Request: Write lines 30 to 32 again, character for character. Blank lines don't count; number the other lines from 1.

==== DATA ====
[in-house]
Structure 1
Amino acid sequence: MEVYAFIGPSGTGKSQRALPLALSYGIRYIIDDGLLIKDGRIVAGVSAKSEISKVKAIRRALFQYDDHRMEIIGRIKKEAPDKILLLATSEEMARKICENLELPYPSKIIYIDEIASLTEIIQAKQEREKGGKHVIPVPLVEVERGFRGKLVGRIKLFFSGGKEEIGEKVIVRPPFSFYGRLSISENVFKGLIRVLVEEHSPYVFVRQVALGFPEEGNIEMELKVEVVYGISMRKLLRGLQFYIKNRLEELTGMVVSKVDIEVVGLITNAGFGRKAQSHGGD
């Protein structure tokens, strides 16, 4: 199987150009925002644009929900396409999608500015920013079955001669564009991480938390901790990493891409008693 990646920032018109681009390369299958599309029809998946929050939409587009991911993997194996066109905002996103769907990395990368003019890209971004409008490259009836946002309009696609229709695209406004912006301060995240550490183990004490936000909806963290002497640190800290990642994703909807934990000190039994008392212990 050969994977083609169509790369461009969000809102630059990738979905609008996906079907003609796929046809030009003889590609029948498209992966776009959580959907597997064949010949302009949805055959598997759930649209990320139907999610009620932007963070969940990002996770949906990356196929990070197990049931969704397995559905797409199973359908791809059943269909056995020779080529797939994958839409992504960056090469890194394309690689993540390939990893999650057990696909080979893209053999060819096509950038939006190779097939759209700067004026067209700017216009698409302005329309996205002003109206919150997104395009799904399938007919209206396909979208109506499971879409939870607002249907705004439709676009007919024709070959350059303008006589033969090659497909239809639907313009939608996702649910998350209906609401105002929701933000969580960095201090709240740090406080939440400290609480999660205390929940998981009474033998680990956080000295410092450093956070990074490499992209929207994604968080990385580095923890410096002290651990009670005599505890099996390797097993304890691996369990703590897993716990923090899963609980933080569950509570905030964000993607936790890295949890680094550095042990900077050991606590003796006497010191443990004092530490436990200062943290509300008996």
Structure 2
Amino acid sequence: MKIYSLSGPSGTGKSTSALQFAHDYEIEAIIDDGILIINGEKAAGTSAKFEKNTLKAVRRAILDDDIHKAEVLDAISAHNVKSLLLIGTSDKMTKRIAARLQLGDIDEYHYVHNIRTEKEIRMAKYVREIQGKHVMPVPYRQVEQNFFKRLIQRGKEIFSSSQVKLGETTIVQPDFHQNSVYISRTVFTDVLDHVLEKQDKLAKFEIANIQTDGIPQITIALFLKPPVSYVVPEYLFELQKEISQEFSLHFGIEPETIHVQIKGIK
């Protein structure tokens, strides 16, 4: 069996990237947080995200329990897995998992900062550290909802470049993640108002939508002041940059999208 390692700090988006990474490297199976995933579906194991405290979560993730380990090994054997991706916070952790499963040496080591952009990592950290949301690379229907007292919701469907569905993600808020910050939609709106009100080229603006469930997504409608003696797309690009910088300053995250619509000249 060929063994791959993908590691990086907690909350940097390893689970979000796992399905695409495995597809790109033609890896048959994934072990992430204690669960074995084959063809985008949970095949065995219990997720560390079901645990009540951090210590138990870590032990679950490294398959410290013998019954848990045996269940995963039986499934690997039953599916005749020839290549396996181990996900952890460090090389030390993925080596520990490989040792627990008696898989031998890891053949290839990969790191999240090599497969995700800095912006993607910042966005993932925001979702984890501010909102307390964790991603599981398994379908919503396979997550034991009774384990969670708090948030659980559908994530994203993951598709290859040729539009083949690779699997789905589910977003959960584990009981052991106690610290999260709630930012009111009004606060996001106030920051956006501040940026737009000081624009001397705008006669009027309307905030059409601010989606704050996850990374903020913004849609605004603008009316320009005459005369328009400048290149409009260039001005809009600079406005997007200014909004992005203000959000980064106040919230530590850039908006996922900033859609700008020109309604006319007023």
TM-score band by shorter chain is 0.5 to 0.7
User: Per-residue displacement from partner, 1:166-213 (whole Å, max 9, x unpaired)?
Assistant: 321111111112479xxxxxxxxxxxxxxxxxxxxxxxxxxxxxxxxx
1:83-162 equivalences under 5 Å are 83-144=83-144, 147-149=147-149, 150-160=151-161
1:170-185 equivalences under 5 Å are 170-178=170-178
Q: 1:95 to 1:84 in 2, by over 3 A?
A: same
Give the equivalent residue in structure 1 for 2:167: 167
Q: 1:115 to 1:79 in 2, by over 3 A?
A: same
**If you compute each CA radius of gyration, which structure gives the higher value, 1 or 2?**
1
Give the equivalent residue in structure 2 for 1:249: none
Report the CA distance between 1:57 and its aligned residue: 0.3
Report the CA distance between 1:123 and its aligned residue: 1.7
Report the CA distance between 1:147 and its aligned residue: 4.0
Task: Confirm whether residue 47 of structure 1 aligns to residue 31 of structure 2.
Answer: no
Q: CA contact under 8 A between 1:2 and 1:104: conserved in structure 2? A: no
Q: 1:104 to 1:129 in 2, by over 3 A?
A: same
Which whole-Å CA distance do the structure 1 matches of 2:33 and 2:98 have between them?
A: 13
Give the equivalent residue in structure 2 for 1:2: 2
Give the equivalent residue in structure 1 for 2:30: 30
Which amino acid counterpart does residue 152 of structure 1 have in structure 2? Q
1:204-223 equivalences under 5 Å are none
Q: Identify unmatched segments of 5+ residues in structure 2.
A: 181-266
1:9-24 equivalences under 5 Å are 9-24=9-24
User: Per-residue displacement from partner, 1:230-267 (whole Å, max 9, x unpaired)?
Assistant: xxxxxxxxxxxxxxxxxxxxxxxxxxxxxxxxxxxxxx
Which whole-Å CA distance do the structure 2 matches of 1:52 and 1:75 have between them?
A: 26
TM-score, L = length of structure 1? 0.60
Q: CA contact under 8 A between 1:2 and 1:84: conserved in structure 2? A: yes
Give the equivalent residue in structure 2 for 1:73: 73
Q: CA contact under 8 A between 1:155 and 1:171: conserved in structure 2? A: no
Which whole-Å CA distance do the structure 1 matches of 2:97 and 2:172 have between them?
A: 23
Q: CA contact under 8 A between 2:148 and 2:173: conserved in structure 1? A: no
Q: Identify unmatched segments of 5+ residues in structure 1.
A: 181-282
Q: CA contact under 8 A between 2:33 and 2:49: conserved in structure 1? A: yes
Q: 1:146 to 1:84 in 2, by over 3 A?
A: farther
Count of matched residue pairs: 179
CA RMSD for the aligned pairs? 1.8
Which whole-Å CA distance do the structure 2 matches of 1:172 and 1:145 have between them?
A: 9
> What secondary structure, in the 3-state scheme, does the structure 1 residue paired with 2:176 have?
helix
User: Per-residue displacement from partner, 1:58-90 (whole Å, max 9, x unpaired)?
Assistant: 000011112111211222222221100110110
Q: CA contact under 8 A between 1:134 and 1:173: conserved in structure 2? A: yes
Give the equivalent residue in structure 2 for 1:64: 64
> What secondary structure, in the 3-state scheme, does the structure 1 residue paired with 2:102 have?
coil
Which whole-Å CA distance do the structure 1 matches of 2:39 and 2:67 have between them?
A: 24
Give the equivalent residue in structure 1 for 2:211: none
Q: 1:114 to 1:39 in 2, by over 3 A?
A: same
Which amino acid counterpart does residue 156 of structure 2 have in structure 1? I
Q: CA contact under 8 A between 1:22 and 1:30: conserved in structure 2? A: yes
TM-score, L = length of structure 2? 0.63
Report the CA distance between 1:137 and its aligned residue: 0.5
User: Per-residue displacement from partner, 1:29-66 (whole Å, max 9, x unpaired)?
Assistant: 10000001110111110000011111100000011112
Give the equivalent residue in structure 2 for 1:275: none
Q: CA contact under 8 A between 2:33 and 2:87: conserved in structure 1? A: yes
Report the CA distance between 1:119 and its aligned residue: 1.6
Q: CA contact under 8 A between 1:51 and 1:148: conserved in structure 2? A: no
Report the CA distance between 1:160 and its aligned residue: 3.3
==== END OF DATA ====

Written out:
A: 13
Give the equivalent residue in structure 2 for 1:2: 2
Give the equivalent residue in structure 1 for 2:30: 30